Posted by & filed under pest control

To some, seeing ants isn’t a big deal. However, carpenter ants differ from your standard small ants that may invade your kitchen. Carpenter ants are larger and they could be making your home their home – and trust us, that is something you do not want.

Unlike normal ants that are a simpler nuisance, carpenter ants tend to burrow into damp wood to make their nests. While they do not eat wood like termites, their intricate burrows in damp wood can affect the integrity of a structure. This means if you have damp beams in your walls due to even light water damage, carpenter ants may have already moved in.

In order to remove carpenter ants, you may need to cut out the drywall in the area where you found them most congregated and noticed the most buildup of the sawdust-like residue they leave behind. From within, the nest will need to be removed and spray the ants so they do not move elsewhere. As they could just relocate their nest, this is why it’s best for a pest control expert to get the job done. However, in order to prevent carpenter ants from returning you may need to take extra steps (which your pest control expert can answer questions on!).

The best way to protect the structure of your house and prevent carpenter ants from coming back is to address the water issue. Carpenter ants always nest close to damp areas. This means that you need to address whatever is causing the wood in that area to get wet. It could be a leaky gutter just outside that is letting water drip close to your house, or it could be even just a slightly leaky pipe behind the drywall.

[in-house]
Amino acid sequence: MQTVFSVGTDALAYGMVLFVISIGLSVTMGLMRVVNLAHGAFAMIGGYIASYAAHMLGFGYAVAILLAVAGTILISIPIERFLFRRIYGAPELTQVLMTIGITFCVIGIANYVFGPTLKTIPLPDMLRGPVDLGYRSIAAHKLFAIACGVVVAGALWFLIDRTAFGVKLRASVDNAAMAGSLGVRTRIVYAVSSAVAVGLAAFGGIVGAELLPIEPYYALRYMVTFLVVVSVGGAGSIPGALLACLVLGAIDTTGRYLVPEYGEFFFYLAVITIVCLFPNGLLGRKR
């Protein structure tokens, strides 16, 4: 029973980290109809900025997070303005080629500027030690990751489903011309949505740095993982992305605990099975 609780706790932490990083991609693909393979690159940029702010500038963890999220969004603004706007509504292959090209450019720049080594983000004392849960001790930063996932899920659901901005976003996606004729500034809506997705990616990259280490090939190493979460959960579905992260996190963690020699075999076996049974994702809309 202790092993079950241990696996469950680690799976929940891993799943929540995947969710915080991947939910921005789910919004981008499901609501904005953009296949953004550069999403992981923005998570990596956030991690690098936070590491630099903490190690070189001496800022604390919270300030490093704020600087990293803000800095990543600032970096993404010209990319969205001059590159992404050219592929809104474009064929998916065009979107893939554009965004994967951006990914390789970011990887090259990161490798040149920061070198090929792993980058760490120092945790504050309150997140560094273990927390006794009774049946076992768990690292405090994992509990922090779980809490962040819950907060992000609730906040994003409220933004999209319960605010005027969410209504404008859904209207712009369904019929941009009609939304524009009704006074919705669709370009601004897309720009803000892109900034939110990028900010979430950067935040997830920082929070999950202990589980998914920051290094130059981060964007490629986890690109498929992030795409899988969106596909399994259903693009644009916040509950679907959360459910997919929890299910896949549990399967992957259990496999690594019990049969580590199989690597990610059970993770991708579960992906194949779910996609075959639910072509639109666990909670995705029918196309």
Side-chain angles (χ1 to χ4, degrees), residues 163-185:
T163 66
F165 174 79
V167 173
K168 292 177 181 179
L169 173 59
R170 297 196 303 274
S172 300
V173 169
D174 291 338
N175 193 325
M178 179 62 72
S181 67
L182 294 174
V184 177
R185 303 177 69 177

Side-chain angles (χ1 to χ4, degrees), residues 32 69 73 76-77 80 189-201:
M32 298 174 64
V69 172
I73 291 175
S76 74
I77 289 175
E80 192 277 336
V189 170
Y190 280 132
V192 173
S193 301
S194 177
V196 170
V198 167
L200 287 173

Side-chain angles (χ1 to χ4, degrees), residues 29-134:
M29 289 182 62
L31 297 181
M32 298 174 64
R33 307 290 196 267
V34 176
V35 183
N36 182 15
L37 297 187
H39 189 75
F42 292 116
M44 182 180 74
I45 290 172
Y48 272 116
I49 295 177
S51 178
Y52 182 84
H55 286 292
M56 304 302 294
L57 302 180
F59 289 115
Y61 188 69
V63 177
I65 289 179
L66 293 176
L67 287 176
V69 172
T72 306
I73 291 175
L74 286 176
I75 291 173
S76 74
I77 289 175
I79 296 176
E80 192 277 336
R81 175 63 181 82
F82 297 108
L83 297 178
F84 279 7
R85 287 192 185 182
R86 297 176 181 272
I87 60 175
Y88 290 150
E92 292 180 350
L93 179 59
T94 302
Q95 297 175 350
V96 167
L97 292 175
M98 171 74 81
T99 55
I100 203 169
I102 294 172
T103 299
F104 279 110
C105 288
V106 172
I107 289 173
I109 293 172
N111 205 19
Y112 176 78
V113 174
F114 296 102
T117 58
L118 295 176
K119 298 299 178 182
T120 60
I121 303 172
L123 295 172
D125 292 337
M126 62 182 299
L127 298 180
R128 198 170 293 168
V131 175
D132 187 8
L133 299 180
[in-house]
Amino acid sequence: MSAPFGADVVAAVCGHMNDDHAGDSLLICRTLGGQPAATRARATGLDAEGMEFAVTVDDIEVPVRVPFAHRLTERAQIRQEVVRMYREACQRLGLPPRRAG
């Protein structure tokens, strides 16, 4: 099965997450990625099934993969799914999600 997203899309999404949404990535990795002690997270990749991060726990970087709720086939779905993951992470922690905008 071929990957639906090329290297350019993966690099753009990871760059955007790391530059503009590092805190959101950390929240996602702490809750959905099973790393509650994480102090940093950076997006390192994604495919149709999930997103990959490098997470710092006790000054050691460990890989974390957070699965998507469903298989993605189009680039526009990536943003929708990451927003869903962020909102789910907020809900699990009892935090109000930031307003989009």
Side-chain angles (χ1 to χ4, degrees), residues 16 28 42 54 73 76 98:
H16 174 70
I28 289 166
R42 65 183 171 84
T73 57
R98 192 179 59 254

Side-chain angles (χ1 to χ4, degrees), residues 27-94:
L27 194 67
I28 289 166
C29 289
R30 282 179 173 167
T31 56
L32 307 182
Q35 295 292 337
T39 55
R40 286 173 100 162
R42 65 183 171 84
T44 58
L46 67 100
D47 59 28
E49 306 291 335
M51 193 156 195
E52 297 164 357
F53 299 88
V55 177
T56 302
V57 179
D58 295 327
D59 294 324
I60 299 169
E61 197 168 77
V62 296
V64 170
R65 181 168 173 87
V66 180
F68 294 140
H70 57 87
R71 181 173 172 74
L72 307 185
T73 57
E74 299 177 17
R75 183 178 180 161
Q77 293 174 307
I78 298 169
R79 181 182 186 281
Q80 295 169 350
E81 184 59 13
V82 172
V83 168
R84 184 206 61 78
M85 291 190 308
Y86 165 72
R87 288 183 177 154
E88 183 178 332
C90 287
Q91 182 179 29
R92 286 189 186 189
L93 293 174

By fixing whatever is causing the moisture and allowing the wood to dry, it will help prevent carpenter ants from returning. However, just because you discovered one damp area doesn’t mean there aren’t others you do not know about. Often, when people find carpenter ants in their house, they find what is called a “satellite” nest. This means it is an offshoot of the main nest; one where a queen is not present. What you want to do is to keep the main nest as far from your home as possible to keep satellite nests away. This could mean keeping firewood piles away from the house, removing debris from the yard, and taking out any other rotting wood or structures that carpenter ants could call home. If you live in a heavily wooded area, you may want to invest in regular spraying by a pest control expert to make sure your home is defended.

If you have a carpenter ant problem and need help, contact us today.

Leave a Reply

Your email address will not be published. Required fields are marked *

− 2 = 1